108 Security Instruments A land contract serves purpose similar to that of a deed of trust or mortgage.  Used in seller-financed transactions. Land contract

109 Security Instruments A land contract serves purpose similar to that of a deed of trust or mortgage.  Used in seller-financed transactions. Buyer takes possession of property, but seller retains title until contract has been paid off. Vendor = seller Vendee = buyer Land contract

110 Summary Foreclosure and Land Contracts  Judicial foreclosure  Nonjudicial foreclosure  Power of sale  Acceleration  Redemption  Deed of reconveyance  Deficiency judgment  Redemption  Sheriff’s deed

111 Finance Instrument Provisions Rights and responsibilities of borrower and lender may be affected by:  subordination clause,  late charge provision,  prepayment provision,  partial release clause,  acceleration clause, and/or  alienation clause.

112 Finance Instrument Provisions Subordination clause gives mortgage recorded earlier lower priority than another mortgage that will be recorded later on. Subordination clauses

113 Finance Instrument Provisions Subordination clause gives mortgage recorded earlier lower priority than another mortgage that will be recorded later on.  Common in construction financing. Subordination clauses

114 Typical subordination clause: “Lender agrees that this instrument shall be subordinate to a lien to be given by Borrower to secure funds for the construction of improvements on the Property, provided said lien is duly recorded and the amount secured by said lien does not exceed $125,000.”

115 Finance Instrument Provisions Inclusion of these clauses must be negotiated during the earlier transaction.  Should be reviewed or drafted by real estate lawyer. Subordination clauses

116 Finance Instrument Provisions Promissory notes usually provide for late charges if borrower doesn’t make payments on time. Late charge provisions

117 Finance Instrument Provisions Promissory notes usually provide for late charges if borrower doesn’t make payments on time. State laws may override late charge provision, to protect borrowers from excessive late charges. Late charge provisions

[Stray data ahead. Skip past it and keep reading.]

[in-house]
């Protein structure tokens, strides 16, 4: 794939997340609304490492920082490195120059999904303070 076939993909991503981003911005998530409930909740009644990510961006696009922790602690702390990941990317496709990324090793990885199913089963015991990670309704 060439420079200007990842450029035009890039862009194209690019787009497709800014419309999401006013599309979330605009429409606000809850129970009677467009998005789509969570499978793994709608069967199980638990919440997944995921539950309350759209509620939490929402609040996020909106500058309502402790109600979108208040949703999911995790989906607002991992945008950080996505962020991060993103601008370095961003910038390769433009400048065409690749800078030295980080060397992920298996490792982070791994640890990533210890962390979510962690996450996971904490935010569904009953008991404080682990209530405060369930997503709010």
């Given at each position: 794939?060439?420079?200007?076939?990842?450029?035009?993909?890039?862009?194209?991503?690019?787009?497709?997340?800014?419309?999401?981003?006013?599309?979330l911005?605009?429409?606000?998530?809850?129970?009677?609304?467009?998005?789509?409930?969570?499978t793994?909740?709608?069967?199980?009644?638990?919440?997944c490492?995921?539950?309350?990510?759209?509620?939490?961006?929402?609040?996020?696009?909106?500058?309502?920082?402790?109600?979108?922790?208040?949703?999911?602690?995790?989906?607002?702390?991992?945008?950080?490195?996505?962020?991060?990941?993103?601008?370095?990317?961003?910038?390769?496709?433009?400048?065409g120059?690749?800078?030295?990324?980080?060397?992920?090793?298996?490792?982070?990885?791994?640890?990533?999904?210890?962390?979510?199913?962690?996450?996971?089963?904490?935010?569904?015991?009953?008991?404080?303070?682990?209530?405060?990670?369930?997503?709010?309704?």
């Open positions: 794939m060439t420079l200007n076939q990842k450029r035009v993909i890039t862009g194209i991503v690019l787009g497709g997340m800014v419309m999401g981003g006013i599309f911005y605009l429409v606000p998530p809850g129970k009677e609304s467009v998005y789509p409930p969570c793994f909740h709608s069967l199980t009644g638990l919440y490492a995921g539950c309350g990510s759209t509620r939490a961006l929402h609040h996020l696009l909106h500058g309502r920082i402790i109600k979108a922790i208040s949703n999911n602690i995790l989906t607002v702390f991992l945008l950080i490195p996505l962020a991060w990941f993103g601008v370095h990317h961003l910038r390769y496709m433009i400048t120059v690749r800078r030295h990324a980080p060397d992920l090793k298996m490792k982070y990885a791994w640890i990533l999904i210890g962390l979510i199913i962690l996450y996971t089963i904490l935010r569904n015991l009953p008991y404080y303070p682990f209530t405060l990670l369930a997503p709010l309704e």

118 Finance Instrument Provisions Prepayment provision imposes penalty on borrower if she repays some or all of principal before it is due. Prepayment provisions

119 Finance Instrument Provisions Prepayment provision imposes penalty on borrower if she repays some or all of principal before it is due. Prepayment deprives lender of some of the interest it expected to receive over loan term. Prepayment provisions

120 Typical prepayment provision: “If, within five years from the date of this note, Borrower makes any prepayments of principal in excess of twenty percent of the original principal amount in any twelve-month period beginning with the date of this note or anniversary dates thereof (“loan year”), Borrower shall pay the Note Holder three percent of the original principal amount.”

121 Finance Instrument Provisions No longer standard in residential loan agreements.  Fannie Mae/Freddie Mac promissory note gives borrower right to prepay.  Prepayment penalties prohibited with FHA and VA loans. Prepayment provisions

122 Finance Instrument Provisions Penalties are usually charged only if loan is prepaid during first few years of loan term. Prepayment provisions

123 Finance Instrument Provisions Penalties are usually charged only if loan is prepaid during first few years of loan term. Unreasonable prepayment penalties are considered a predatory lending practice.  Some states limit the amount of such penalties. Prepayment provisions